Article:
.36 Cal Remington 1858 ??


October 14, 2003, 12:54 PM

Cabelas carries a Remington 1858 Army in .36 cal with a 6.5" barrel
and I am wondering of the 1858 Rem. was ever actually produced
in this caliber and barrel length?

Cabelas calls it a Police Model and I've also seen it referred
to as the Remington New Model Navy.

Thought the smaller caliber and shorter barrel might be better
handling and nicer for just plinking & goofing around, but I'd prefer
if it were at least historically accurate. If not, I'll get the .44.

Thanks for any info.

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October 14, 2003, 02:03 PM
Remington made percussion revolvers in both .44 and .36 cal. from the time they obtained the rights to the Beals patent of 1858. I don't believe that Remington actually started manufacturing them until 1860.

The nomenclature used to describe model variations is often incorrect when you compare specs with originals. For instance: Remington-Beals, 1861, and New Model "Navy" revolvers all had barrel lengths of approximately 7.25" and six-shot cylinders as originally manufactured. The "New Model Police" was also .36 cal., but was offered in barrel lengths from 3.5 to 6.5 " and had a five-shot cylinder.

Technically, neither name is historically correct when describing a six-shot .36 revolver with a 6.5" barrel. Unless you're one of those folks who just HAVE to be "Authentic" down to the last piddling detail (like some of the Accouterment Snobs among the Cowboy Costume Show bunch) it matters not at all, IMO.

Yes, Remington DID make revolvers in this caliber and barrel length. For most of us the repros may not be 100% "correct" in all the details, but they're certainly close enough. As far as utility goes, lots of folks find the slightly shorter barrel and lighter caliber make for a handier package in a revolver for plinking and recreational target shooting.

October 14, 2003, 04:32 PM
Thanks for the detailed reply.
Very helpful and informative.

I'm not concerned about exacting historical accuracy, but
want a repro with at least some basis in history.
Unlike, for example, the 1851 Navy replicas in .44 cal,
which I'm told never existed in this caliber.

Dave Markowitz
October 14, 2003, 07:14 PM
In case you've never shot a .36 cap & ball gun, you'll be in for a treat if you get one. With a load of about 15 grains of 3Fg powder and a round ball, they recoil about like a .22 pistol with HV ammo, maybe a bit more. Very fun to shoot. I have an Uberti M1851 Navy Colt and would like to get a Remington Navy some day.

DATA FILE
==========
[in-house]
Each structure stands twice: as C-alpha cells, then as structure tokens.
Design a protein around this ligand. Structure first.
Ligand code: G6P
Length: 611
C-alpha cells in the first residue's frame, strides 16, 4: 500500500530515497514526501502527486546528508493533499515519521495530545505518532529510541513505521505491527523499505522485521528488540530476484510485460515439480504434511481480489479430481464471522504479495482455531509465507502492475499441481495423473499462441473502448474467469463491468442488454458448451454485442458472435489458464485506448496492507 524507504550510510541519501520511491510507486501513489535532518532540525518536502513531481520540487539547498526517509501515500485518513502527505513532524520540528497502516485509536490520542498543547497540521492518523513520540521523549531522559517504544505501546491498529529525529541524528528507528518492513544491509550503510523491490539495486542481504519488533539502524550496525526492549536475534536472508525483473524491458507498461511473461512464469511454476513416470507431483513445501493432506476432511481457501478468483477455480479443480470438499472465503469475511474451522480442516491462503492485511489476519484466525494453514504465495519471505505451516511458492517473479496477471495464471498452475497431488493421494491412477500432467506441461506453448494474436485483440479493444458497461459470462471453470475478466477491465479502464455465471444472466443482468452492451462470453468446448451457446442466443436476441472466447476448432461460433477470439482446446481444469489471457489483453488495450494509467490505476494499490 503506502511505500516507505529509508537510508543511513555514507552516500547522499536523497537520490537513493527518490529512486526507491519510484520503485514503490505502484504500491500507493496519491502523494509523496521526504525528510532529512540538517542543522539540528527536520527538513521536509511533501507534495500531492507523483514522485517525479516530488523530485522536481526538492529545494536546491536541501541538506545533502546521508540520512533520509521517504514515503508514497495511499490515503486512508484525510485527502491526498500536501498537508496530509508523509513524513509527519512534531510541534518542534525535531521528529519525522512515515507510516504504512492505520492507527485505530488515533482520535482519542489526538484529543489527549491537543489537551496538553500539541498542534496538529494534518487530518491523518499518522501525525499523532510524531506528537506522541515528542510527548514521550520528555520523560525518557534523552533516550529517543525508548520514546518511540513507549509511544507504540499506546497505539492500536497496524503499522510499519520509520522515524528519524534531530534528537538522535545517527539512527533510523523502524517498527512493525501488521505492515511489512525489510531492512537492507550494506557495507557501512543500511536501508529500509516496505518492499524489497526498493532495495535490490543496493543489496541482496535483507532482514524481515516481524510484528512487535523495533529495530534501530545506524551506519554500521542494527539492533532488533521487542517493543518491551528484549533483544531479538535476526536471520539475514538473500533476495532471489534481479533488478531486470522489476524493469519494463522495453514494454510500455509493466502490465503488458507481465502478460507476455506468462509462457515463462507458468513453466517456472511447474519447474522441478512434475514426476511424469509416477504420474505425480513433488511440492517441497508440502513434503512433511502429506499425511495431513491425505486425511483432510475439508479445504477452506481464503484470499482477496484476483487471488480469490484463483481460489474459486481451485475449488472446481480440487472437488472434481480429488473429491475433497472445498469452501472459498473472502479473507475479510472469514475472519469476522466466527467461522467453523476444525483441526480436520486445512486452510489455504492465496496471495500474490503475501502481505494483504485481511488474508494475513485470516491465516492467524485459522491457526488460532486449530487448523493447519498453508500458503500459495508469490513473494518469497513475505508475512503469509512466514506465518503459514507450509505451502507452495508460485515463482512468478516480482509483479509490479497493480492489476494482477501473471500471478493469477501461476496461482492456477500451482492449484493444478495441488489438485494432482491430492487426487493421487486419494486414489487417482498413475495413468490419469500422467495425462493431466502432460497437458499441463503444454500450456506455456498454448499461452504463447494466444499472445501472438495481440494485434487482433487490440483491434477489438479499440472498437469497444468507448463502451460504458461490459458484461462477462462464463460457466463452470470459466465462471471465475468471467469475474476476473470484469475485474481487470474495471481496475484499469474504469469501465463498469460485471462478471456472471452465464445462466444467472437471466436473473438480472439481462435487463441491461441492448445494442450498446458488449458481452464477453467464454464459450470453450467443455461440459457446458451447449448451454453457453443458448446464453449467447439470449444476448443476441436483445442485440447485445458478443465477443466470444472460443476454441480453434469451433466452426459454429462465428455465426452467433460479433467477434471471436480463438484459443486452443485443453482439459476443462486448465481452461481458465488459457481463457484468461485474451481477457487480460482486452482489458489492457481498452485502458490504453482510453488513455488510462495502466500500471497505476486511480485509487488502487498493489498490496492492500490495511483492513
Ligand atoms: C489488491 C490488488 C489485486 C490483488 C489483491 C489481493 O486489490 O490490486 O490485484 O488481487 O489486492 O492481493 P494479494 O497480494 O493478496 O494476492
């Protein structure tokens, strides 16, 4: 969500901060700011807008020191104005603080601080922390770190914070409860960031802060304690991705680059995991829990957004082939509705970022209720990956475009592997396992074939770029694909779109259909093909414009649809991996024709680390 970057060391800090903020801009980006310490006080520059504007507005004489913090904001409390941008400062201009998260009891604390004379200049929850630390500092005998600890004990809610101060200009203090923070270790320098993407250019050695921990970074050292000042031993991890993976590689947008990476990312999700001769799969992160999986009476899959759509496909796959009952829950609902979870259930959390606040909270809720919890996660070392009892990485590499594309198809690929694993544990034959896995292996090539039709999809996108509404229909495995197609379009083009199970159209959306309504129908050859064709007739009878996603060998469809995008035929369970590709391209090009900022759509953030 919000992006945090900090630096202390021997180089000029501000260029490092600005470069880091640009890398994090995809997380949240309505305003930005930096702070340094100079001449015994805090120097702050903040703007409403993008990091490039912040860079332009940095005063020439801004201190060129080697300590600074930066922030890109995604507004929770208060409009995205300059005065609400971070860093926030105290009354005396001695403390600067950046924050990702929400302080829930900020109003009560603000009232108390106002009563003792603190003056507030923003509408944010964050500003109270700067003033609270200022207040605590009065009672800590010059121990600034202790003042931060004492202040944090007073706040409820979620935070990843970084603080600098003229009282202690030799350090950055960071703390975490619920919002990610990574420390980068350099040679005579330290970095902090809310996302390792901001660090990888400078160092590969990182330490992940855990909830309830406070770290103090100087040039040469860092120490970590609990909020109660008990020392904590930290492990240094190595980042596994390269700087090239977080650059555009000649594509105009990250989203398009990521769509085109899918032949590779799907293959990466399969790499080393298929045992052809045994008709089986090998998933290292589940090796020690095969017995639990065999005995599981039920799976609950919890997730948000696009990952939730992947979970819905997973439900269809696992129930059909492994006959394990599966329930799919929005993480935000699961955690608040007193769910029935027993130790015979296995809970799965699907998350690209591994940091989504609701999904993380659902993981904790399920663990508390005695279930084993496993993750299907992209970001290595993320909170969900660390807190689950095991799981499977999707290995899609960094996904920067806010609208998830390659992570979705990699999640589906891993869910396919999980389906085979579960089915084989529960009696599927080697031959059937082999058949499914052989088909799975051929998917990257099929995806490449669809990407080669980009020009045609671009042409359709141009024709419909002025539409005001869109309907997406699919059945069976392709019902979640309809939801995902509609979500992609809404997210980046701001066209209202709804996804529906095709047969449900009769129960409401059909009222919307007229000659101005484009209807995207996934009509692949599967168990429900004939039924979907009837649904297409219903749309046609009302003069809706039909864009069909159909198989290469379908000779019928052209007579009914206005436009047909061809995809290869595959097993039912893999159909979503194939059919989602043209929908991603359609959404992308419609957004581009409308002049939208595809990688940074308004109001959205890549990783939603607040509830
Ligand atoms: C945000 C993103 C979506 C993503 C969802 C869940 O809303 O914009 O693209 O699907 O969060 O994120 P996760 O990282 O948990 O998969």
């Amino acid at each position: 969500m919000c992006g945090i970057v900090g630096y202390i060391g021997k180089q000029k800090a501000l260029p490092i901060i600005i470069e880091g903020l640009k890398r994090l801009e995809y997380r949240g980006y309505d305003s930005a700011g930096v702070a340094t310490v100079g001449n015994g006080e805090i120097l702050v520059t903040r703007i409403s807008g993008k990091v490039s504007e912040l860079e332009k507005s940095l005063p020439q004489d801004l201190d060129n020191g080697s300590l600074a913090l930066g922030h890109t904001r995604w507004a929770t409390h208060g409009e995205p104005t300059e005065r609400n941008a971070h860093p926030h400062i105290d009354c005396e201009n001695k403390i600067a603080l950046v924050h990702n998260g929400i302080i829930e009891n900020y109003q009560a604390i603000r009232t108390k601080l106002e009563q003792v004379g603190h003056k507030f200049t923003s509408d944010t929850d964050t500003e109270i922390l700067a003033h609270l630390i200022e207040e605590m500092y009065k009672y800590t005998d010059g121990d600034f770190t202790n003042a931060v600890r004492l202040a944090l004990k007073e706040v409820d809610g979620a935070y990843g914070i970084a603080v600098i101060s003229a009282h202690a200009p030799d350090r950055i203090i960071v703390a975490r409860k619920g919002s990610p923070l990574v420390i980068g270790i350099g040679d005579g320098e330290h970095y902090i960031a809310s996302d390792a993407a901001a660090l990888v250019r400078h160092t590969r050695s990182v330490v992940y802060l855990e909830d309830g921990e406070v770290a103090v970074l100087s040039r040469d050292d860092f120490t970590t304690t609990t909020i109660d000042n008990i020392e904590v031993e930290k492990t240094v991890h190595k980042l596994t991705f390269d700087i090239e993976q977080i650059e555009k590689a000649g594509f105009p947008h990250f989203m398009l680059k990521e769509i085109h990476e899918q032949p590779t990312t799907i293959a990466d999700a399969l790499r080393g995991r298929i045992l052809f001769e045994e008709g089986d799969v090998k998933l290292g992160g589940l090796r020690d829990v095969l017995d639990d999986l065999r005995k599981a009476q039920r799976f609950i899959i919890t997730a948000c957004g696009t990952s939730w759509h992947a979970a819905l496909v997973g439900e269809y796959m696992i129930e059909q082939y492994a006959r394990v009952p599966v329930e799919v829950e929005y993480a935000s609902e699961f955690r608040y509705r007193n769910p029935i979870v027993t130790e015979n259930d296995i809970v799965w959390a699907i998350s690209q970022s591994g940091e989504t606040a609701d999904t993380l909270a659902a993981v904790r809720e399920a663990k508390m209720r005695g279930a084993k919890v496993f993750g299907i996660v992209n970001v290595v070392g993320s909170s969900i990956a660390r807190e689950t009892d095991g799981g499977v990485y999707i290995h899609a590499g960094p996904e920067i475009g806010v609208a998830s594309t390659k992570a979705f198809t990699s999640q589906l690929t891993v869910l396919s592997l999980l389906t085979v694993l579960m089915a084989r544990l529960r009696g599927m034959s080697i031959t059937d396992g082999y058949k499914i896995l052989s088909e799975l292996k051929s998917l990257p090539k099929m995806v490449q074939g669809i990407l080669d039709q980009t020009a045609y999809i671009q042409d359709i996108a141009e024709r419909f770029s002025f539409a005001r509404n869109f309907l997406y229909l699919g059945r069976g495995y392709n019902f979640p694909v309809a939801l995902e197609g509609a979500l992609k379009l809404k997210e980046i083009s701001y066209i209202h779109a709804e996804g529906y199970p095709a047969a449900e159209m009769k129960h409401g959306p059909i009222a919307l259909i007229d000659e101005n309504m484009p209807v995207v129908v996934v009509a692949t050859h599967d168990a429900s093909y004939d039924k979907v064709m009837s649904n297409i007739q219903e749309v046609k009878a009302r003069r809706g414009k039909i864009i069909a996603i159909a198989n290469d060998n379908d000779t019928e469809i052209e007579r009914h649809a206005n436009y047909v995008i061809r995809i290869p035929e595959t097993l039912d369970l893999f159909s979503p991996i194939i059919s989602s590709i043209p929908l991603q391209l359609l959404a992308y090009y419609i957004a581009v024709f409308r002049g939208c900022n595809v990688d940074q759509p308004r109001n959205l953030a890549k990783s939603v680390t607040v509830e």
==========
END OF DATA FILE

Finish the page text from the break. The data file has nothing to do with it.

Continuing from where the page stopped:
October 14, 2003, 11:21 PM
I've never fired any caliber BP pistol :)
What is the recoil of a .44 like with a light (say 20gr) charge?

October 15, 2003, 07:57 PM
Neglible. Really there is a higher velocity "crack" from a 36 than a 44, but it realy doesn't kick much at all.

October 17, 2003, 05:45 AM
With full charges (25-30 gr. FFFG or the volumetric equivalent of Pyrodex P) my .44s recoil about like a .38 Spl. in a 4" K frame Smith. A 20 gr. charge would probably be more like a target WC load. A 0.451 - 0.454" lead ball only weighs about 146 gr. and I doubt that full loads would push them more than 850-900 f/s at the muzzle.

I think that you'll be pleasantly surprised.

October 17, 2003, 11:56 PM
Thanks for the info folks. I went ahead and ordered the .36 from Cabelas and accessories from Track of the Wolf. Need to buy some caps and then decide if I want to use real BP or a substitute like 777 and I'll be set.

Interestingly, as I mentioned in a thread about a month ago, Midway won't ship BP guns (or maybe just BP pistols) to CA. Cabelas had no problem with it. You lost a sale Midway!!

October 22, 2003, 03:08 PM
Just a follow-up.
I received the Pietta 1858 Remington in .36 from Cabelas.
Definitely like the shorter barrel. The action locks
up tight on all chambers. Trigger pull is not bad.

Some finish issues - the front sight is on slightly crooked,
some rust on the loading plunger and the blueing
has milky streaks in it in places. First two are easily fixed,
the last a bit disappointing, but probably the best
one can expect from a $160 gun these days.

Once I fire it, I guess I'll be able to officially say I'm a BP shooter!

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